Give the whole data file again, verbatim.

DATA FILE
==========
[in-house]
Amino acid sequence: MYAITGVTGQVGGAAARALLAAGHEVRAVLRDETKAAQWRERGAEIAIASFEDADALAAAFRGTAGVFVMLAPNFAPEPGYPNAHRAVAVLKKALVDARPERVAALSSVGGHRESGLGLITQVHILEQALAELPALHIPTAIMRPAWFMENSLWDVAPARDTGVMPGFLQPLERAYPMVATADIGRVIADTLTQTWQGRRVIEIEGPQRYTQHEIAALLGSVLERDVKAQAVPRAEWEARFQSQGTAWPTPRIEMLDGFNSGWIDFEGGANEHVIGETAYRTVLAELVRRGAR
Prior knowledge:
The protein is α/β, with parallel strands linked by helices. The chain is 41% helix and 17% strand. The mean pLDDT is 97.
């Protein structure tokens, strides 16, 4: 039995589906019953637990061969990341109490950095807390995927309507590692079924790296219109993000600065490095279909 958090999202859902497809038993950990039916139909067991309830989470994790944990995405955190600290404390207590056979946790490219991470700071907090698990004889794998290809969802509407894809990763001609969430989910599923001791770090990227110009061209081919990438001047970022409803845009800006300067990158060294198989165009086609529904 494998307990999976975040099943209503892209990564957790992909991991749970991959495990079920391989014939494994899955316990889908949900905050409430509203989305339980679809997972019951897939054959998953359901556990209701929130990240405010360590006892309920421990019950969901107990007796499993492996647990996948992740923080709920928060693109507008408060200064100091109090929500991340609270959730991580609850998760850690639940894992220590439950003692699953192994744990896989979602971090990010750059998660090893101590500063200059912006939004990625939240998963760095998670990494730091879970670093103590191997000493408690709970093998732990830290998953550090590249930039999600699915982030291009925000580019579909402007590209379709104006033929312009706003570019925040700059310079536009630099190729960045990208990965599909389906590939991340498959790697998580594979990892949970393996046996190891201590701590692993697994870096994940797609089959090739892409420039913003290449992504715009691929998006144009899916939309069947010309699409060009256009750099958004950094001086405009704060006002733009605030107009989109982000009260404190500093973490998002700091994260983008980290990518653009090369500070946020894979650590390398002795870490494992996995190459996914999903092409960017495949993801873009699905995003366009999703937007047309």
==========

[in-house]
Amino acid sequence: MYAITGVTGQVGGAAARALLAAGHEVRAVLRDETKAAQWRERGAEIAIASFEDADALAAAFRGTAGVFVMLAPNFAPEPGYPNAHRAVAVLKKALVDARPERVAALSSVGGHRESGLGLITQVHILEQALAELPALHIPTAIMRPAWFMENSLWDVAPARDTGVMPGFLQPLERAYPMVATADIGRVIADTLTQTWQGRRVIEIEGPQRYTQHEIAALLGSVLERDVKAQAVPRAEWEARFQSQGTAWPTPRIEMLDGFNSGWIDFEGGANEHVIGETAYRTVLAELVRRGAR
Prior knowledge:
The protein is α/β, with parallel strands linked by helices. The chain is 41% helix and 17% strand. The mean pLDDT is 97.
């Protein structure tokens, strides 16, 4: 039995589906019953637990061969990341109490950095807390995927309507590692079924790296219109993000600065490095279909 958090999202859902497809038993950990039916139909067991309830989470994790944990995405955190600290404390207590056979946790490219991470700071907090698990004889794998290809969802509407894809990763001609969430989910599923001791770090990227110009061209081919990438001047970022409803845009800006300067990158060294198989165009086609529904 494998307990999976975040099943209503892209990564957790992909991991749970991959495990079920391989014939494994899955316990889908949900905050409430509203989305339980679809997972019951897939054959998953359901556990209701929130990240405010360590006892309920421990019950969901107990007796499993492996647990996948992740923080709920928060693109507008408060200064100091109090929500991340609270959730991580609850998760850690639940894992220590439950003692699953192994744990896989979602971090990010750059998660090893101590500063200059912006939004990625939240998963760095998670990494730091879970670093103590191997000493408690709970093998732990830290998953550090590249930039999600699915982030291009925000580019579909402007590209379709104006033929312009706003570019925040700059310079536009630099190729960045990208990965599909389906590939991340498959790697998580594979990892949970393996046996190891201590701590692993697994870096994940797609089959090739892409420039913003290449992504715009691929998006144009899916939309069947010309699409060009256009750099958004950094001086405009704060006002733009605030107009989109982000009260404190500093973490998002700091994260983008980290990518653009090369500070946020894979650590390398002795870490494992996995190459996914999903092409960017495949993801873009699905995003366009999703937007047309």